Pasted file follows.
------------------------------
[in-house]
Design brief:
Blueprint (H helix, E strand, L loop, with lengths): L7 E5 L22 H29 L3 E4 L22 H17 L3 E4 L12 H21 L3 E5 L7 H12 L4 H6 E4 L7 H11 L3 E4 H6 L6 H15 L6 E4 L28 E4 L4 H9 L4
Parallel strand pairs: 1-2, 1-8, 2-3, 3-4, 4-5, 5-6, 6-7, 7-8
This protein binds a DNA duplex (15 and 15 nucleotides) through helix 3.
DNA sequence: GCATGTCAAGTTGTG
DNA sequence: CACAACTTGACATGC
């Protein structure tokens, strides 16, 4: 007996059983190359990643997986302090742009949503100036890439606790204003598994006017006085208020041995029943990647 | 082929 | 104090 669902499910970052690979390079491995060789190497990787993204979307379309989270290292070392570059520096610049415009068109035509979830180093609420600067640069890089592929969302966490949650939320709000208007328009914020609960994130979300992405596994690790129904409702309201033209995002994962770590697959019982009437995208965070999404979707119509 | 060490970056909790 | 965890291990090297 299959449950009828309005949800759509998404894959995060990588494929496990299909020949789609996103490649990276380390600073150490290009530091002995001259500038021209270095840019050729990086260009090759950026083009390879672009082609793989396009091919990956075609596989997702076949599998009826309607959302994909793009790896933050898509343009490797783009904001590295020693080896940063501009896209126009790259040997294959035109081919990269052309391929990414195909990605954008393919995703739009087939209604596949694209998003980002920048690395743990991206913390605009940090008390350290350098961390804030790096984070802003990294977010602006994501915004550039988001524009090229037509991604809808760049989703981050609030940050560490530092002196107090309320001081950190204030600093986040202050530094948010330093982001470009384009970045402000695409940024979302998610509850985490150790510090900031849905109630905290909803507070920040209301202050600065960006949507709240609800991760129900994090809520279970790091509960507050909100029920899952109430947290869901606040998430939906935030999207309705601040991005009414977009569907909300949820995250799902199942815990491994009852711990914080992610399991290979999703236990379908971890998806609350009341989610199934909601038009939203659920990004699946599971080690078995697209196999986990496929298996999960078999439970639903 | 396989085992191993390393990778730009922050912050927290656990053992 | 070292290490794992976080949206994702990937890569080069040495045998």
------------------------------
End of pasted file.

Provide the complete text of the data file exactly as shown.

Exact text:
[in-house]
Design brief:
Blueprint (H helix, E strand, L loop, with lengths): L7 E5 L22 H29 L3 E4 L22 H17 L3 E4 L12 H21 L3 E5 L7 H12 L4 H6 E4 L7 H11 L3 E4 H6 L6 H15 L6 E4 L28 E4 L4 H9 L4
Parallel strand pairs: 1-2, 1-8, 2-3, 3-4, 4-5, 5-6, 6-7, 7-8
This protein binds a DNA duplex (15 and 15 nucleotides) through helix 3.
DNA sequence: GCATGTCAAGTTGTG
DNA sequence: CACAACTTGACATGC
């Protein structure tokens, strides 16, 4: 007996059983190359990643997986302090742009949503100036890439606790204003598994006017006085208020041995029943990647 | 082929 | 104090 669902499910970052690979390079491995060789190497990787993204979307379309989270290292070392570059520096610049415009068109035509979830180093609420600067640069890089592929969302966490949650939320709000208007328009914020609960994130979300992405596994690790129904409702309201033209995002994962770590697959019982009437995208965070999404979707119509 | 060490970056909790 | 965890291990090297 299959449950009828309005949800759509998404894959995060990588494929496990299909020949789609996103490649990276380390600073150490290009530091002995001259500038021209270095840019050729990086260009090759950026083009390879672009082609793989396009091919990956075609596989997702076949599998009826309607959302994909793009790896933050898509343009490797783009904001590295020693080896940063501009896209126009790259040997294959035109081919990269052309391929990414195909990605954008393919995703739009087939209604596949694209998003980002920048690395743990991206913390605009940090008390350290350098961390804030790096984070802003990294977010602006994501915004550039988001524009090229037509991604809808760049989703981050609030940050560490530092002196107090309320001081950190204030600093986040202050530094948010330093982001470009384009970045402000695409940024979302998610509850985490150790510090900031849905109630905290909803507070920040209301202050600065960006949507709240609800991760129900994090809520279970790091509960507050909100029920899952109430947290869901606040998430939906935030999207309705601040991005009414977009569907909300949820995250799902199942815990491994009852711990914080992610399991290979999703236990379908971890998806609350009341989610199934909601038009939203659920990004699946599971080690078995697209196999986990496929298996999960078999439970639903 | 396989085992191993390393990778730009922050912050927290656990053992 | 070292290490794992976080949206994702990937890569080069040495045998």